Since its last flight in 2003, Alpha Foxtrot (the final Concorde plane) has lived at the Aerospace Bristol, a UK museum. According to CNN Travel, visitors flock to see the aircraft and are now interested in seeing its "droop nose," design being replaced.
The design feature was disabled when the plane was decommissioned and drained of hydraulic fuel.
The Concorde was designed with its signature nose so that pilots could lower the front cone for better visibility during takeoff and landing.
Aerospace Bristol, marketing manager Adam Jones told CNN that if all remains on schedule,"The nose will be functional by April 9, 2019, the 50th anniversary of Concorde's first British flight... it's clearly something that people want to see."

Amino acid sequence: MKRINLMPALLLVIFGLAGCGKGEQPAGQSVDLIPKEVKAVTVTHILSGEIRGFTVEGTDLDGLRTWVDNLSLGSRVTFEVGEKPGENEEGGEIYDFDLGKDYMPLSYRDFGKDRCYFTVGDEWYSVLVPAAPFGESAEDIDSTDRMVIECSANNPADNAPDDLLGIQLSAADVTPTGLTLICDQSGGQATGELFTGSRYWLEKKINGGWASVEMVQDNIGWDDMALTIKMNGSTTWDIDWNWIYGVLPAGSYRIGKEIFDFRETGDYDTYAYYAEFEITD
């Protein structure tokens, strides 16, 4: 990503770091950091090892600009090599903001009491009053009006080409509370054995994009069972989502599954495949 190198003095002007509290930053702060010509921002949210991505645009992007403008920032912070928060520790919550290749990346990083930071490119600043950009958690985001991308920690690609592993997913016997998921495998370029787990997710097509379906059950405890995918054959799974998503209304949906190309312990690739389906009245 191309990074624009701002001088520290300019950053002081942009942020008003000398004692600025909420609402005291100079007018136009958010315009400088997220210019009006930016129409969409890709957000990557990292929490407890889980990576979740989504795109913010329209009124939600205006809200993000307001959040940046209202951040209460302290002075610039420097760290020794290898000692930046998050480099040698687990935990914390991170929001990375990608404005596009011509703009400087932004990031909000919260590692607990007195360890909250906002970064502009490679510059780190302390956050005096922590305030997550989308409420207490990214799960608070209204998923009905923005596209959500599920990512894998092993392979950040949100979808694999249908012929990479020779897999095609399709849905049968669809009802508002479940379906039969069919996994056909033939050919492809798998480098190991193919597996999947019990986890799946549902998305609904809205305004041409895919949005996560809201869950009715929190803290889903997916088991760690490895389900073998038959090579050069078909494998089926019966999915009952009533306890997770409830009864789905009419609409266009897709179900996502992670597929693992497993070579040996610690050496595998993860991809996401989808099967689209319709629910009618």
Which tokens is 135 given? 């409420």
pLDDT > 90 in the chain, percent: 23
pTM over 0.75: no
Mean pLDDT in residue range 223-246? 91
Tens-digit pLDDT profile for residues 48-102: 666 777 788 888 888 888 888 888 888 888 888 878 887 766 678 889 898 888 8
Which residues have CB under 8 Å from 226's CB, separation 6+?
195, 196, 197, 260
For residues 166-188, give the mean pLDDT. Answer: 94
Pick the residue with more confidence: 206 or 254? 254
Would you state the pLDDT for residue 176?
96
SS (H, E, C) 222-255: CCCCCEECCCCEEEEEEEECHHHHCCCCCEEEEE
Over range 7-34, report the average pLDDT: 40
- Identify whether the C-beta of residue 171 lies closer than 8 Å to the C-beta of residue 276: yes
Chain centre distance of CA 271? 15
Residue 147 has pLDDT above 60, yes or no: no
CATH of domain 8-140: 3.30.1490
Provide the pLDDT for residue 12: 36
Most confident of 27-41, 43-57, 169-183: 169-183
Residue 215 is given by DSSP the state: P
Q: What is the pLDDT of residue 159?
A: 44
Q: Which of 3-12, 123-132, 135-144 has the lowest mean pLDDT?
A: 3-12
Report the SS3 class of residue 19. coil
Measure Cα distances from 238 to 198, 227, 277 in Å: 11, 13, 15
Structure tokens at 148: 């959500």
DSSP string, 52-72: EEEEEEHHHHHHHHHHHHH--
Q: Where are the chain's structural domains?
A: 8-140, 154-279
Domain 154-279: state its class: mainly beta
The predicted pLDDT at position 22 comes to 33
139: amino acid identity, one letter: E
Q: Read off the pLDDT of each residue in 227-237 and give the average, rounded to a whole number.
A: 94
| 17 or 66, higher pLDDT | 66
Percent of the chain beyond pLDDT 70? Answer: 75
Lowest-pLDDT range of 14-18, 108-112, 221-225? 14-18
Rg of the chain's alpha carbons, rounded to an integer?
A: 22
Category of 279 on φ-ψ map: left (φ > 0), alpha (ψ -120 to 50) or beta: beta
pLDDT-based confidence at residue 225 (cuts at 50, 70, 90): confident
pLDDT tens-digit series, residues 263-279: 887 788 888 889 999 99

The British-French designed Concorde, flew at twice the speed of sound and once transported passengers from London and New York in just under three and a half hours.
It was grounded in 2003, shortly after a deadly flight which killed 109 people in 2000.